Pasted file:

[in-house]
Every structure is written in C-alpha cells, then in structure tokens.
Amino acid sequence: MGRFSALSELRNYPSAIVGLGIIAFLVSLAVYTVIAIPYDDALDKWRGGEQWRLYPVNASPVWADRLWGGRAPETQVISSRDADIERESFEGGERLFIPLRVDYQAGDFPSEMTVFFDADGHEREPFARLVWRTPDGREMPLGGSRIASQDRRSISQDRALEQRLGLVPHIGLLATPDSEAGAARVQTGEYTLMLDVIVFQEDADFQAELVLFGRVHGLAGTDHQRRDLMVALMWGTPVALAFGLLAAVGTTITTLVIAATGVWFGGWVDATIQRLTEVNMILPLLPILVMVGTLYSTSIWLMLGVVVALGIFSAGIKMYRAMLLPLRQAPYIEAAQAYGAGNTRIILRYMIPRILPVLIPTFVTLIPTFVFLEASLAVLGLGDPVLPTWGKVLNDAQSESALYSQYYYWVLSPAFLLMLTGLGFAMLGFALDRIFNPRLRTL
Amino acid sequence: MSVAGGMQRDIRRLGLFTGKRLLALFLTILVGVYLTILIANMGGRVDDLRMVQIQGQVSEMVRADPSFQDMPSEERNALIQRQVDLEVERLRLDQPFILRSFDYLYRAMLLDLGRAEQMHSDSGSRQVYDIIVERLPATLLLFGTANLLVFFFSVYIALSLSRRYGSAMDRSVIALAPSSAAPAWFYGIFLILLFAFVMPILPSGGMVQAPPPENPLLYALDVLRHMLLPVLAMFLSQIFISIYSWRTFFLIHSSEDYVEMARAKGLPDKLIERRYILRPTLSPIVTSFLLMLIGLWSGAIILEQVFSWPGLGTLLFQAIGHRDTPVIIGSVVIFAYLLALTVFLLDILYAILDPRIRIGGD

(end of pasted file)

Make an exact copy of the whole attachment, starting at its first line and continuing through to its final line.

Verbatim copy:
[in-house]
Every structure is written in C-alpha cells, then in structure tokens.
Amino acid sequence: MGRFSALSELRNYPSAIVGLGIIAFLVSLAVYTVIAIPYDDALDKWRGGEQWRLYPVNASPVWADRLWGGRAPETQVISSRDADIERESFEGGERLFIPLRVDYQAGDFPSEMTVFFDADGHEREPFARLVWRTPDGREMPLGGSRIASQDRRSISQDRALEQRLGLVPHIGLLATPDSEAGAARVQTGEYTLMLDVIVFQEDADFQAELVLFGRVHGLAGTDHQRRDLMVALMWGTPVALAFGLLAAVGTTITTLVIAATGVWFGGWVDATIQRLTEVNMILPLLPILVMVGTLYSTSIWLMLGVVVALGIFSAGIKMYRAMLLPLRQAPYIEAAQAYGAGNTRIILRYMIPRILPVLIPTFVTLIPTFVFLEASLAVLGLGDPVLPTWGKVLNDAQSESALYSQYYYWVLSPAFLLMLTGLGFAMLGFALDRIFNPRLRTL
Amino acid sequence: MSVAGGMQRDIRRLGLFTGKRLLALFLTILVGVYLTILIANMGGRVDDLRMVQIQGQVSEMVRADPSFQDMPSEERNALIQRQVDLEVERLRLDQPFILRSFDYLYRAMLLDLGRAEQMHSDSGSRQVYDIIVERLPATLLLFGTANLLVFFFSVYIALSLSRRYGSAMDRSVIALAPSSAAPAWFYGIFLILLFAFVMPILPSGGMVQAPPPENPLLYALDVLRHMLLPVLAMFLSQIFISIYSWRTFFLIHSSEDYVEMARAKGLPDKLIERRYILRPTLSPIVTSFLLMLIGLWSGAIILEQVFSWPGLGTLLFQAIGHRDTPVIIGSVVIFAYLLALTVFLLDILYAILDPRIRIGGD